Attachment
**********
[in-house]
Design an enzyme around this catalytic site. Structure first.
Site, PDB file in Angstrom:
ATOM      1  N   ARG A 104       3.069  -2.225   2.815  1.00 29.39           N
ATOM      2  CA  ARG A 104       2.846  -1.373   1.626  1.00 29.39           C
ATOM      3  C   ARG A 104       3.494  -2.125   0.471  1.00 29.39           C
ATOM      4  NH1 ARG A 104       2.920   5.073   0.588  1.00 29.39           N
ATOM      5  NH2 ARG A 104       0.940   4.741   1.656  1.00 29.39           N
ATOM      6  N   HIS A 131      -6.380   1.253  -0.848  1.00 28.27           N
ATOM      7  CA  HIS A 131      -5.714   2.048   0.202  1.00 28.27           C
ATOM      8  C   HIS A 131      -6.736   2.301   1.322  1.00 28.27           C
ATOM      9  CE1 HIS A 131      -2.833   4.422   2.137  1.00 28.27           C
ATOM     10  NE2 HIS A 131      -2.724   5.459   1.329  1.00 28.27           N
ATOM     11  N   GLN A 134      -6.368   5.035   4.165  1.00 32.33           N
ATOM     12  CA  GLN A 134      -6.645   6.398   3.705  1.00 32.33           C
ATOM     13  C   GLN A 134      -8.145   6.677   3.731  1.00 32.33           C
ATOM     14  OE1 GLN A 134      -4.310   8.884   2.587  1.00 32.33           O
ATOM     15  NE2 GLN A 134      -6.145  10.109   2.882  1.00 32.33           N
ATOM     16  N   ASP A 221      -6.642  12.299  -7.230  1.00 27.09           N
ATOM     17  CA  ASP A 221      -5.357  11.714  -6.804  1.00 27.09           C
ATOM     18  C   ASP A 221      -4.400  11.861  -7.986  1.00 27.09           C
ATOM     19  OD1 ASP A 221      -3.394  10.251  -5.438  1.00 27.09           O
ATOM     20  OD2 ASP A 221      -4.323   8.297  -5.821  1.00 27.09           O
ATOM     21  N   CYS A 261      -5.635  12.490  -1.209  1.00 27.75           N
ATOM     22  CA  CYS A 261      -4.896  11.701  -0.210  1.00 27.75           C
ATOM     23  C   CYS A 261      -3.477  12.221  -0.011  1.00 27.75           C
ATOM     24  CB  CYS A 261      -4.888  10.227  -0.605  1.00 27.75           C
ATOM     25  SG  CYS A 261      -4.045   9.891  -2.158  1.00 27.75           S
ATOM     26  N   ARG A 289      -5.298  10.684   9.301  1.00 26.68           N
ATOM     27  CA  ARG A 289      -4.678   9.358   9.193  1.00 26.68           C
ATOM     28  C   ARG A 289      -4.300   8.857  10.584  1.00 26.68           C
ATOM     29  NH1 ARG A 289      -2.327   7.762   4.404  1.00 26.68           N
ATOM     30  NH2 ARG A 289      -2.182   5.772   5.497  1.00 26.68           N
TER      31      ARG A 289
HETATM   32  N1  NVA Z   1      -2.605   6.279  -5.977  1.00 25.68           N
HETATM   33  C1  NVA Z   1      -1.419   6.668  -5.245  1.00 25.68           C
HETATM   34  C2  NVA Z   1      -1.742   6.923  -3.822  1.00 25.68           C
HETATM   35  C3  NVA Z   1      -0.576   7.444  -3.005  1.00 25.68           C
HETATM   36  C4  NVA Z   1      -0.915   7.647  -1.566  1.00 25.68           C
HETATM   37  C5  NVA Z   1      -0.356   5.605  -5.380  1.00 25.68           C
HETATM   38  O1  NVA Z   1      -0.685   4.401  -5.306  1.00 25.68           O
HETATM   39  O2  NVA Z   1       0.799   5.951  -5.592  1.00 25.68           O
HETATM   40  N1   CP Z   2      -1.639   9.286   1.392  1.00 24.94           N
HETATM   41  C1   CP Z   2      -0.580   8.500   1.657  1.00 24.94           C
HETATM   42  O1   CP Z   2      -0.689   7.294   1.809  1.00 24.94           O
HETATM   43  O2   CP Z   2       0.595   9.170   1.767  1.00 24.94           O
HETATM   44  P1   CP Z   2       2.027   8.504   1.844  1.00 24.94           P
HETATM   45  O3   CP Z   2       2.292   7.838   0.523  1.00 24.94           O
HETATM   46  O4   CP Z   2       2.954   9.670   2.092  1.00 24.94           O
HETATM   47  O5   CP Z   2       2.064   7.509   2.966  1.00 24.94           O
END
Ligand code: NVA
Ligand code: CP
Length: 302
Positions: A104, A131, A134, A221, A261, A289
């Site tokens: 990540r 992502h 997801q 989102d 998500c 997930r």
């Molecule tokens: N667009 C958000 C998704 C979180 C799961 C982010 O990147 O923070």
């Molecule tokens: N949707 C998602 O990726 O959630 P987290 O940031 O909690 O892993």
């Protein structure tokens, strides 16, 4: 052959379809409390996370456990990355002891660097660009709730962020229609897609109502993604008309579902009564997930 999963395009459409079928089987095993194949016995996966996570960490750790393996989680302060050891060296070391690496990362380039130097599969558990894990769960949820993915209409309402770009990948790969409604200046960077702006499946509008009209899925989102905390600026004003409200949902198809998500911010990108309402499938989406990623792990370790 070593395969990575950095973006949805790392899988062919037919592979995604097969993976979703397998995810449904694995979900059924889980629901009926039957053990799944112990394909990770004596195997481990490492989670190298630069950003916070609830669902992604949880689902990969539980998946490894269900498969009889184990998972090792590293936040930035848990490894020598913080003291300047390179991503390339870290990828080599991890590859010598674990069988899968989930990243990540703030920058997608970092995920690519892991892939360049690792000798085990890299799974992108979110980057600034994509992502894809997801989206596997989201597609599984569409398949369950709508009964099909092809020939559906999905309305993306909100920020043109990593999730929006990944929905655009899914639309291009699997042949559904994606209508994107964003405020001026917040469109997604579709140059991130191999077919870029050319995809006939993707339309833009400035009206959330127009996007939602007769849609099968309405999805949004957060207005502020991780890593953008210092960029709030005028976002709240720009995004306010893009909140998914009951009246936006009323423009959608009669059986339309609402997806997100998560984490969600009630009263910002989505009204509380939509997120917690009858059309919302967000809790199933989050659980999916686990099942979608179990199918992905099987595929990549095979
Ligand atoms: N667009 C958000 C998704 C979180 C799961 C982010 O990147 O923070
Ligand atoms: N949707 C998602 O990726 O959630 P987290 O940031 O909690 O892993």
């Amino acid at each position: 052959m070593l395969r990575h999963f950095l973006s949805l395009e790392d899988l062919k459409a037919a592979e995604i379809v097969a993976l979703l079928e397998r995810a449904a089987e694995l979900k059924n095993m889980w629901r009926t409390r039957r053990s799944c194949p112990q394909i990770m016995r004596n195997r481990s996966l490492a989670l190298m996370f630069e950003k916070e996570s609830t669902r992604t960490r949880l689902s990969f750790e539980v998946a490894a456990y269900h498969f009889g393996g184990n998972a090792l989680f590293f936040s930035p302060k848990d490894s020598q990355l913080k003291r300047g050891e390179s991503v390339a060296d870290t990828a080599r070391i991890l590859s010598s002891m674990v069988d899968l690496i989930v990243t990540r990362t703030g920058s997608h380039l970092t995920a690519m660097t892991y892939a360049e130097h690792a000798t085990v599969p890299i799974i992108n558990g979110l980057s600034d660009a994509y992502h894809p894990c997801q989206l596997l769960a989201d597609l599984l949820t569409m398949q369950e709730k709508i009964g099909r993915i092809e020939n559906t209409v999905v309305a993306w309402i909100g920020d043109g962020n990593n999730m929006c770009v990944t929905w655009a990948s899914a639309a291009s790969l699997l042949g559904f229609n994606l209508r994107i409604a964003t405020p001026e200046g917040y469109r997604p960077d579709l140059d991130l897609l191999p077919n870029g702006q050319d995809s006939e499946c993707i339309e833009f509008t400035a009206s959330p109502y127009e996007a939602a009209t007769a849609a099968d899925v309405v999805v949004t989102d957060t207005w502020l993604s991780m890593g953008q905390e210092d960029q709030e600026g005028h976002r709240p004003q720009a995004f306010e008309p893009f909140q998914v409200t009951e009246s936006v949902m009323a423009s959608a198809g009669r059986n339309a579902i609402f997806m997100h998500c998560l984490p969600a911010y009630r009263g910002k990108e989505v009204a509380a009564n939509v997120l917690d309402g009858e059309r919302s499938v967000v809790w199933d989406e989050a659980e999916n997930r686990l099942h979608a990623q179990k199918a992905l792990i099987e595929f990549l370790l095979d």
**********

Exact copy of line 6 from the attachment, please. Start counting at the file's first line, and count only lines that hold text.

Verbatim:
ATOM      3  C   ARG A 104       3.494  -2.125   0.471  1.00 29.39           C